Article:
The final period included a question / answer session with several department heads from the Division of Boating and Waterways, Law Enforcement, Boating Safety & Accidents, Abandoned Watercraft, Delta Invasive Species, and Yacht & Ship Licensing units, and a Q & A session with department heads from the California State Lands Commission and the Department of Fish & Wildlife.

During lunch on the fifteenth floor of the Hyatt Regency, Gladfelty again reviewed the afternoon legislative visits schedule and parameters, and attendees then converged on the state legislative offices for a series of meetings with individual state senators and assembly members.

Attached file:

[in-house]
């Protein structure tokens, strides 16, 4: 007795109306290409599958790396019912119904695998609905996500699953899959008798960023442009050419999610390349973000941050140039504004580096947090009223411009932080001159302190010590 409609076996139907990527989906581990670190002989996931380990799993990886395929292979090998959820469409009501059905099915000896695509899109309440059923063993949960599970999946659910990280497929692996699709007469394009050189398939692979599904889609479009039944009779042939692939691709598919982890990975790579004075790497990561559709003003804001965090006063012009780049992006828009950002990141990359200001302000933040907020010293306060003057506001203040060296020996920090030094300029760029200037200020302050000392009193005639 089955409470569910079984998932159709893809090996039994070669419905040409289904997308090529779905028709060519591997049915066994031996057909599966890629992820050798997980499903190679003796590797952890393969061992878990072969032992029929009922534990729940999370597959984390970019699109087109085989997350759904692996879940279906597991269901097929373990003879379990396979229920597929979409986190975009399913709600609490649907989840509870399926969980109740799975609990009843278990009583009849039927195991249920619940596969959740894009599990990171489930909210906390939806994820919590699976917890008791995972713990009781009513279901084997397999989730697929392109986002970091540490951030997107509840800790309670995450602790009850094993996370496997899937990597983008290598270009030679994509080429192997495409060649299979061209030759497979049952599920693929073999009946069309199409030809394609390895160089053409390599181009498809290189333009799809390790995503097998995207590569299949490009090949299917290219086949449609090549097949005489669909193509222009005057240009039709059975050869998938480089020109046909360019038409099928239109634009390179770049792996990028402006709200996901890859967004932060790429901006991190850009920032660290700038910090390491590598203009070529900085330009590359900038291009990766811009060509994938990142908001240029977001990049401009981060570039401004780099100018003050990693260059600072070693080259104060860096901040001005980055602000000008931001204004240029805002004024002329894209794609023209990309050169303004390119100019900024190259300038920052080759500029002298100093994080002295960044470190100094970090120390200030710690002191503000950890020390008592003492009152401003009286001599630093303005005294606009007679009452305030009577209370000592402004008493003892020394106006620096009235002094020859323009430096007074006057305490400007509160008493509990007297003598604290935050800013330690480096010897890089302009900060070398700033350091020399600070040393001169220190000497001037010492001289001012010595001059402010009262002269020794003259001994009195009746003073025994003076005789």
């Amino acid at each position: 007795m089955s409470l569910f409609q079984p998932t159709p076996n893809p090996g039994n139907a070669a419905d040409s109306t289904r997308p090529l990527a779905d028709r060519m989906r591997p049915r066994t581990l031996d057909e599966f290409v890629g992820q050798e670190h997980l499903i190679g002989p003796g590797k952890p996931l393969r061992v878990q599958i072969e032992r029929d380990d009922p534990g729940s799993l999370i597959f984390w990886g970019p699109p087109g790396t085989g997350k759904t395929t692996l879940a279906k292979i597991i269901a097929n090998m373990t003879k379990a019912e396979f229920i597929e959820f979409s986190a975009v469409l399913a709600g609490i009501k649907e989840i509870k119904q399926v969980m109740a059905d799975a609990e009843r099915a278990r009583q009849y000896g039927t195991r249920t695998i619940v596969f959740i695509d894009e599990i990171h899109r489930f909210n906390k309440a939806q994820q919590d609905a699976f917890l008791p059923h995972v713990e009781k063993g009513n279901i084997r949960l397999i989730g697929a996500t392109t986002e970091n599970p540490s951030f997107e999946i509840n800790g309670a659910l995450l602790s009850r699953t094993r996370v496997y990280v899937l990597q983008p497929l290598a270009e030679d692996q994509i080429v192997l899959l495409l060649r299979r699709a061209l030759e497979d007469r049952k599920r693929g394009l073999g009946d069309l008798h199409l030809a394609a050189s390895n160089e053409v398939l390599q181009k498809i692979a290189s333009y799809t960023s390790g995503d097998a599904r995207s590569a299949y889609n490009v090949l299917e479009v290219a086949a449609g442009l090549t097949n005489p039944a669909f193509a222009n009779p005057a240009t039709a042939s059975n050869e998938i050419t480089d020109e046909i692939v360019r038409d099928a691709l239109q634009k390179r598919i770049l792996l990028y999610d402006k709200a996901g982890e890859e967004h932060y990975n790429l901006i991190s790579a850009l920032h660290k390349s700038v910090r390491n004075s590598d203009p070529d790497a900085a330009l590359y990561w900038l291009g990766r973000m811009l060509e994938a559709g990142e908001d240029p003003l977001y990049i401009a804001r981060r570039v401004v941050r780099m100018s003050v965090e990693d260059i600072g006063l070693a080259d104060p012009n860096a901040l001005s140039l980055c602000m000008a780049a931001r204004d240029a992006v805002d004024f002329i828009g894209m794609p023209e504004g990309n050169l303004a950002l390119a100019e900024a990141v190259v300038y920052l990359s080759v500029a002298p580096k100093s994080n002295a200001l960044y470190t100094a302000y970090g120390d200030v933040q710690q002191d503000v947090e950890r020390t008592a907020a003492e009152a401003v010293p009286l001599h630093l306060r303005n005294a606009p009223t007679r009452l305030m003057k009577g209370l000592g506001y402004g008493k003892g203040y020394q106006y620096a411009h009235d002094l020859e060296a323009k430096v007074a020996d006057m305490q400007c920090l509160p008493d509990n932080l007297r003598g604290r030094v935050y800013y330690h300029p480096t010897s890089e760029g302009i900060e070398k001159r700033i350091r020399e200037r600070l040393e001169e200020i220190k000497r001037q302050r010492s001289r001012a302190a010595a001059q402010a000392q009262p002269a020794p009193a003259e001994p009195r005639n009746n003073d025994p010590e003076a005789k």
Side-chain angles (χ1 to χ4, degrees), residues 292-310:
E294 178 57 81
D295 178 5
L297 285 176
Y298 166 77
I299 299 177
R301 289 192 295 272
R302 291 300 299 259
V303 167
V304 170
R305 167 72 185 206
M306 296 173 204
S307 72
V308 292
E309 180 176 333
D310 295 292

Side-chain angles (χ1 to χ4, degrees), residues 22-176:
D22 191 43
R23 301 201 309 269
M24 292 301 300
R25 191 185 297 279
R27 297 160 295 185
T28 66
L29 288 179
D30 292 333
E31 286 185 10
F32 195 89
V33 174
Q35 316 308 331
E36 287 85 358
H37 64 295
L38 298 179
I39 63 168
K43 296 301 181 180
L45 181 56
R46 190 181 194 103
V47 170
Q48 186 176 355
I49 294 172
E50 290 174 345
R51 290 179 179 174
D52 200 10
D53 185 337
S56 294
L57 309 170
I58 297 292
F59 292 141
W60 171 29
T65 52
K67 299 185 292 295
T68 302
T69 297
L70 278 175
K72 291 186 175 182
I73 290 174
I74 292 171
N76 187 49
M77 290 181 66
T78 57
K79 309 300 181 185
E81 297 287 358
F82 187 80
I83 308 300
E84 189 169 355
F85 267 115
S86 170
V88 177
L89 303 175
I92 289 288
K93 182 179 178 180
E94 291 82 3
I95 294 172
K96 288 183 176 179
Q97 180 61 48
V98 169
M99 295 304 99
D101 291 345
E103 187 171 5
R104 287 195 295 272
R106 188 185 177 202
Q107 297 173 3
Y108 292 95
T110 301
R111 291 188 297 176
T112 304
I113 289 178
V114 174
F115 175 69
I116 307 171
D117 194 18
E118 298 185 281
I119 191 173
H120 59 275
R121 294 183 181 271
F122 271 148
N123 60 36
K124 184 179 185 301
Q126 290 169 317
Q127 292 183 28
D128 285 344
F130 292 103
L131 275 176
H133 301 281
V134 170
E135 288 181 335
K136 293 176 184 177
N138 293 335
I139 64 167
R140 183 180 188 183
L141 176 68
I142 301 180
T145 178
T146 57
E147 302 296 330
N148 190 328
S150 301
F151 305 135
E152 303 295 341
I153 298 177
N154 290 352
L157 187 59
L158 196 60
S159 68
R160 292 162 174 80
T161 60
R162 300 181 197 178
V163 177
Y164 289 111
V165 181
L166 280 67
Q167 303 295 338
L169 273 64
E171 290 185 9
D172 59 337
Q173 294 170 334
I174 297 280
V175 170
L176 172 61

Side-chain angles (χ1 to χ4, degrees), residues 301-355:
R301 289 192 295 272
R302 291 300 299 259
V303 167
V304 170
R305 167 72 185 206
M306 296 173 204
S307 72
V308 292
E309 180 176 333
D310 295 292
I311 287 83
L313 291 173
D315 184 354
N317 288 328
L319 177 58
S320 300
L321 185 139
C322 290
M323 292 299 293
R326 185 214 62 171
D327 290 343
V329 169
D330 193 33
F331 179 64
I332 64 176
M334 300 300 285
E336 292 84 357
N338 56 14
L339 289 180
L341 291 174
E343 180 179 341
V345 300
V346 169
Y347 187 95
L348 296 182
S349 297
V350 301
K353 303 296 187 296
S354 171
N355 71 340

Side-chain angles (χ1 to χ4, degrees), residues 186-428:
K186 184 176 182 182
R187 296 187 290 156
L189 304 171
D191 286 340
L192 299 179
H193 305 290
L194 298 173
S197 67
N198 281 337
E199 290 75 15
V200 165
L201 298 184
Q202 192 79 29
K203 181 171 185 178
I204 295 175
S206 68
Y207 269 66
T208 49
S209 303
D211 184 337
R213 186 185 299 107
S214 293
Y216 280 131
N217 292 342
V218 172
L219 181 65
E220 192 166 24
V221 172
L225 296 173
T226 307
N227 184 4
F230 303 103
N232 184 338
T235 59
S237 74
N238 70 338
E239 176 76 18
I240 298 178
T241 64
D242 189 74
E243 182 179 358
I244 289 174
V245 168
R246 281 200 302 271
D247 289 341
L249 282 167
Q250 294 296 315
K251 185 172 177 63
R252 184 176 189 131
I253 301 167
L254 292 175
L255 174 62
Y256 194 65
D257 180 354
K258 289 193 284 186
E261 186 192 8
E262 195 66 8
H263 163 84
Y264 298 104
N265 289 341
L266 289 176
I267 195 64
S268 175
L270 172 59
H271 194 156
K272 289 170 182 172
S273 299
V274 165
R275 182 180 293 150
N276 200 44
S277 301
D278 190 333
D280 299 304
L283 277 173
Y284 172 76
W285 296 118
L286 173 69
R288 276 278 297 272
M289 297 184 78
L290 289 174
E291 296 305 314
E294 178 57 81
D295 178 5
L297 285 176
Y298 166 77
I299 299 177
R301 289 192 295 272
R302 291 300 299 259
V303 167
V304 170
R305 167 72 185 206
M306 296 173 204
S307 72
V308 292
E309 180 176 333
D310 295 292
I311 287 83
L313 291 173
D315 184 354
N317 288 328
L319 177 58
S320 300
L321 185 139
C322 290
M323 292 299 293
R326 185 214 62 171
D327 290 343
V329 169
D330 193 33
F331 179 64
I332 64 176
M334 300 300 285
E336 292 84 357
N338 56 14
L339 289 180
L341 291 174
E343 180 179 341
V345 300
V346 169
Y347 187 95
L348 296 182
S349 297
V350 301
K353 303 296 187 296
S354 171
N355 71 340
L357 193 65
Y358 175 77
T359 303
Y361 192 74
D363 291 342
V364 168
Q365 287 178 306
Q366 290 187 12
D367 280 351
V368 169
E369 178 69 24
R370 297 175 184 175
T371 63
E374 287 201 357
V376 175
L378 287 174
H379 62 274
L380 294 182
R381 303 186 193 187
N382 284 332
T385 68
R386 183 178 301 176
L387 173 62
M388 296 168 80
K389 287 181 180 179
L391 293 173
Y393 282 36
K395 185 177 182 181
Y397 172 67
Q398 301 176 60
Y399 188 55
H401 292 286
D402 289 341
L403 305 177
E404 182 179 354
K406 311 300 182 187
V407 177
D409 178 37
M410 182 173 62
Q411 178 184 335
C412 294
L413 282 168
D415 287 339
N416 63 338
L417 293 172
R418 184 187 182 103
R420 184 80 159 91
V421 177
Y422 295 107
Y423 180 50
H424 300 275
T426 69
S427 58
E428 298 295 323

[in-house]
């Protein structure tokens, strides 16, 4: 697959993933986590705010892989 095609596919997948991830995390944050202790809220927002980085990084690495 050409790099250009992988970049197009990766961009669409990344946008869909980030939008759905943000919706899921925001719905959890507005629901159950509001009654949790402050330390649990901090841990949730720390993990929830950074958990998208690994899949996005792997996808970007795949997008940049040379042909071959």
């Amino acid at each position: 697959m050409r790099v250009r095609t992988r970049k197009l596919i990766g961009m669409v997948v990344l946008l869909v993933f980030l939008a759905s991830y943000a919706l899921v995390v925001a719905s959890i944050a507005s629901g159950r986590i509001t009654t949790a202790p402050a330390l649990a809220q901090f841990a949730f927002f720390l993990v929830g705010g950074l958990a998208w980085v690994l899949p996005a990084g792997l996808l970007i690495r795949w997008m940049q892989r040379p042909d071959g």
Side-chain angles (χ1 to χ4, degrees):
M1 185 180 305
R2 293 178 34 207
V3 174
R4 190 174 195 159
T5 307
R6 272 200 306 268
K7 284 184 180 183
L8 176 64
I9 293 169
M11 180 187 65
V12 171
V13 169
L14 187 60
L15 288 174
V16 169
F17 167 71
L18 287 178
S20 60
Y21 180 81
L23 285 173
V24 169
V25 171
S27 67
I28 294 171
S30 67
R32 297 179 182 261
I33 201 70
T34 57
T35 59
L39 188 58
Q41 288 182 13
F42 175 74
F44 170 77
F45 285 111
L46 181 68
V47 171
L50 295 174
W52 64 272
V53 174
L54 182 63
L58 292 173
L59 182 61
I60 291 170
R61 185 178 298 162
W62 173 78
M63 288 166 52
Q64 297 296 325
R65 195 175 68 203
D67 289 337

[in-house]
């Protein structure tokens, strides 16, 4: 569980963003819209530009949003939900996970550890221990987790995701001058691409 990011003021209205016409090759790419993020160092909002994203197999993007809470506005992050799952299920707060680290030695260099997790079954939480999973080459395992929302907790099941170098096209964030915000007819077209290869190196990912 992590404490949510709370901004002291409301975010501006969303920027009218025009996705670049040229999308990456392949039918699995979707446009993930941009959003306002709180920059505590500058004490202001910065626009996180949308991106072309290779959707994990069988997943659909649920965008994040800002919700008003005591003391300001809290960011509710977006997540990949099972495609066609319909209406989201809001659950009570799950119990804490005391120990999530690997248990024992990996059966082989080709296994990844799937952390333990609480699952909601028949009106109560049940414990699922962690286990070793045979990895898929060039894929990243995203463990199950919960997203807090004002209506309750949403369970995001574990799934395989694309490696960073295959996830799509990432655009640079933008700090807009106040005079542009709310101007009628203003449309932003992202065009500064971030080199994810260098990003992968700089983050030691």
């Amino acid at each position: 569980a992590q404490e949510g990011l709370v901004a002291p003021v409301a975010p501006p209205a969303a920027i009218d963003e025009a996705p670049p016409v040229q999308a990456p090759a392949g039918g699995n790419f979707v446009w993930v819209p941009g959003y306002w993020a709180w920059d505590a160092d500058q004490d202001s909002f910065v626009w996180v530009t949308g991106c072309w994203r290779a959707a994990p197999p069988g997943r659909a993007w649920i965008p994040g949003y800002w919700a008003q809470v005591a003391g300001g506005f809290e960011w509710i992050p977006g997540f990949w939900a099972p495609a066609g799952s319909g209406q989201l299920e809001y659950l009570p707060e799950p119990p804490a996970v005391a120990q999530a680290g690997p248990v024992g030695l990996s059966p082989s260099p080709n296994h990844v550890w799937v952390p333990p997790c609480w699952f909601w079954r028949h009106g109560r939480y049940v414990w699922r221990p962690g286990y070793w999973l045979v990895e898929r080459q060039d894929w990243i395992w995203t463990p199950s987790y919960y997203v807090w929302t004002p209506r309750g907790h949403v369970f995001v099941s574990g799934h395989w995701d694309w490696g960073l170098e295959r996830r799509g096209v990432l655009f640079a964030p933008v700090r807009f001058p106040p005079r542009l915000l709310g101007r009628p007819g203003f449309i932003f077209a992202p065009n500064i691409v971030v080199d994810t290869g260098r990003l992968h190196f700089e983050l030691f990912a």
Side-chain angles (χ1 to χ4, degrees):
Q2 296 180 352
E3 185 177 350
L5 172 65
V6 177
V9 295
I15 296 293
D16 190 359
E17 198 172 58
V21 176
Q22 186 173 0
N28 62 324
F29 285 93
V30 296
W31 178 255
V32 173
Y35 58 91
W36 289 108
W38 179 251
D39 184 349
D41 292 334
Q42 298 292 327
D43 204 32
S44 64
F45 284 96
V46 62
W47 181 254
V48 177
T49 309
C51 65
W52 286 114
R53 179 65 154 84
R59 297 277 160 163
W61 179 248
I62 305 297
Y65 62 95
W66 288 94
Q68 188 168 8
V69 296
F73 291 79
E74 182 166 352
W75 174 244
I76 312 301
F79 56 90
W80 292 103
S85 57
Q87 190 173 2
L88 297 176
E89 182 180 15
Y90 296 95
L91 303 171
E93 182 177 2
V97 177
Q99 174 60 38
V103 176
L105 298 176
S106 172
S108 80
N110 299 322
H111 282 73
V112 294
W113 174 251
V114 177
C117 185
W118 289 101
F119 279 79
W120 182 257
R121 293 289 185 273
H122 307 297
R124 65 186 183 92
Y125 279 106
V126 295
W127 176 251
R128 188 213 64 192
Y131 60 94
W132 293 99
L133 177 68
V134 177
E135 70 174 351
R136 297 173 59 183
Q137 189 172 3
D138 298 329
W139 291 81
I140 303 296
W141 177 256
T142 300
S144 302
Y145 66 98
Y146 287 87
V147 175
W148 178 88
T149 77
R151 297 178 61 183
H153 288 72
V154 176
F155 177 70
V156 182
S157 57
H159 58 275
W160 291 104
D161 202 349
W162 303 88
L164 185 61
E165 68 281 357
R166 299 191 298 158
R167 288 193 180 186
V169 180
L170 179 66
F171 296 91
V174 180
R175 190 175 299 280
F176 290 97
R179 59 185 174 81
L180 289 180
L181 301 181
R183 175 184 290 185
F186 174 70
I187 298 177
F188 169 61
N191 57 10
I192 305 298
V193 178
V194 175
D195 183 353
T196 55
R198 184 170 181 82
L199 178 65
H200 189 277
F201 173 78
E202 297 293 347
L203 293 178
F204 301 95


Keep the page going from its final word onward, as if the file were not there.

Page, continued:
This year’s CBC was very effective in bringing the concerns and interests of the marine industry and recreational boaters to the state regulators and legislators, but the recreational boating industry in California continues to be under pressure from opposing advocacy groups. Events like the CBC can only help to level the playing field for the industry, and those who relish a day on the water.

The 4th Annual California Boating Congress is already in the planning stages and promises to be another worthwhile opportunity for boating enthusiasts and industry concerns to meet with state regulators and legislators to discuss the impact of regulations, policies and planning that effect recreational boating and marine interests in the state. For more information about this important event go online at www.calboatingcongress.com or call Mariann Timms at 209/334-0661.